Nokia [NOK.HE] has used the formidable financial muscle it has built up as mobile handset market leader to engage in a vicious price war to build its market share. The result, however, has been falling revenue and a sharp drop in profits, and there is apparently little sign of its pain easing.
Nokia has posted disappointing Q3 results.
In its third quarter to September 30, Nokia’s net income fell 20% to E660 million on revenue 1% higher at E6.9 billion. The company has been hit hard by the decline in value of the dollar and says that, on a constant currency basis, sales show an 8% increase. However the overall results were buoyed by a 21% increase to E1.47 billion in network equipment sales as carriers increased spending.
In its troubled handset business, the price cuts led to a 13% fall in sales to E4.4 billion and the operating margin was squeezed to 18.6%, compared with 28.8% a year earlier.
Moreover, the pain is set to continue. Nokia forecasts that sales in the current fourth quarter, traditionally boosted by pre-Christmas demand, will be in the range of E8.4 billion to E8.6 billion, down on the E8.8 billion achieved last year. The bottom line will be hard hit and it forecasts earnings per share for the quarter in the range of E0.16 to E0.18, compared with E0.25 recorded a year earlier.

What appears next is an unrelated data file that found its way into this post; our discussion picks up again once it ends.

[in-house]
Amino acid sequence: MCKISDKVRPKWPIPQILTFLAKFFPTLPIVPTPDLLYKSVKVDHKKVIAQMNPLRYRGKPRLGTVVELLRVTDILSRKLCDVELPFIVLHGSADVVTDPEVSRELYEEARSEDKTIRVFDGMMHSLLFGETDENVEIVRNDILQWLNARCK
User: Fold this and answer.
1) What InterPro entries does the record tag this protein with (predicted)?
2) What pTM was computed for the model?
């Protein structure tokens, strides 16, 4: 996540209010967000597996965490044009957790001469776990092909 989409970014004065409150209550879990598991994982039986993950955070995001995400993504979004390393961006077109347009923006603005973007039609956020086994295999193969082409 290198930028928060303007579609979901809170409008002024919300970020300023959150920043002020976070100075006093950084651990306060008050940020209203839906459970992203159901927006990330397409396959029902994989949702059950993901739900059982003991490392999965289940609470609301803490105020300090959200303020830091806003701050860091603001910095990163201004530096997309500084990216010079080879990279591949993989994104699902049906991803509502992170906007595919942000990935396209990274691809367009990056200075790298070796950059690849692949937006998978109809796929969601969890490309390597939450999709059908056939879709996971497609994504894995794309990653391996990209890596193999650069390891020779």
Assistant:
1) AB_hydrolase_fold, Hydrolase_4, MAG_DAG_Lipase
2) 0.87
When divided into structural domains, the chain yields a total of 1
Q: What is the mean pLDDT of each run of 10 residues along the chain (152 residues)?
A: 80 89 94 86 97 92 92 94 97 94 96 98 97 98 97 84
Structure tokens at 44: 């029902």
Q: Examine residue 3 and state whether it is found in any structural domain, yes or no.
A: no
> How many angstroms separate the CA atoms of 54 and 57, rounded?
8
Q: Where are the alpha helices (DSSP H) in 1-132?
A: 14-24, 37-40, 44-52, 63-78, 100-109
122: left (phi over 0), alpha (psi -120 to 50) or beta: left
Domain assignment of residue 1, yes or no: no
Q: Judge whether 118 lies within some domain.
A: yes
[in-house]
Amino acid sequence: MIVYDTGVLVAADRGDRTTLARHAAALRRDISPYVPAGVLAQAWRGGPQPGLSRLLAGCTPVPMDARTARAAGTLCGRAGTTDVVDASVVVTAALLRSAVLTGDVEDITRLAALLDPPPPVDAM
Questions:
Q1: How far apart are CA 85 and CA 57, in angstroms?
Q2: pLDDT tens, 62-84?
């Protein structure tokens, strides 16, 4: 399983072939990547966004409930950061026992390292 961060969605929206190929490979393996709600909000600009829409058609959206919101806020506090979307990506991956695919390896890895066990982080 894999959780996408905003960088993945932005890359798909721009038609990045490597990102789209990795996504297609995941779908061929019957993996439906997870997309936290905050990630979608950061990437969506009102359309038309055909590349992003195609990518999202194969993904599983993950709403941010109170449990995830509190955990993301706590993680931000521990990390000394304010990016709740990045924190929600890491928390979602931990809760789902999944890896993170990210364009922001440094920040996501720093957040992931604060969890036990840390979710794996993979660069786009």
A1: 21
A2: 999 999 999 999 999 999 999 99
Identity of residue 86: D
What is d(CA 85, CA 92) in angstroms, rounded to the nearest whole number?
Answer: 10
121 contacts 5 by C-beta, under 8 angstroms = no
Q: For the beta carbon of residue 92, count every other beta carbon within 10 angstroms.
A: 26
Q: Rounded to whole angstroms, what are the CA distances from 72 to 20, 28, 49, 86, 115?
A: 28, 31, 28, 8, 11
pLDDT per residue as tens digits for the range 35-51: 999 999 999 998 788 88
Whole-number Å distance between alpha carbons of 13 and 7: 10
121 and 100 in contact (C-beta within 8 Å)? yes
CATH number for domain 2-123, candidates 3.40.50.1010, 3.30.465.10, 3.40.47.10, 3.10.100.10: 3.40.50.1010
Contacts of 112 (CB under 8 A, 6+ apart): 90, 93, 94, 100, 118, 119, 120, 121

While at one time, Nokia seemed on course to grab a 40% share of the market, it has badly lost its way this year. Far Eastern consumer electronics companies, led by Samsung, are snapping at its heels and, in a market where design plays as important a role as technology, it missed out on fashion trends.
Nokia estimates that it increased market share to 33%, from 31% in the previous three months, shipping 51.4 million units in a buoyant market where it estimated total sales were 158 million units.
Chief executive Jorma Ollila said the company expected continued strong growth in global mobile device market volumes in the fourth quarter.
Nokia forecasts that global sales this year will be 630 million handsets, up from its previous forecast of over 600 million and more than 20% up on the 2003 figure.
The major problem for the company is North America where it lost market share and the company is working on a strategy to recover its position there. Mr Ollila said, A total revamp will take a bit of time before we can say we’re in full force in that market place. Nokia claims substantial market share gains in the major Western European markets and says it maintained its leadership position in China.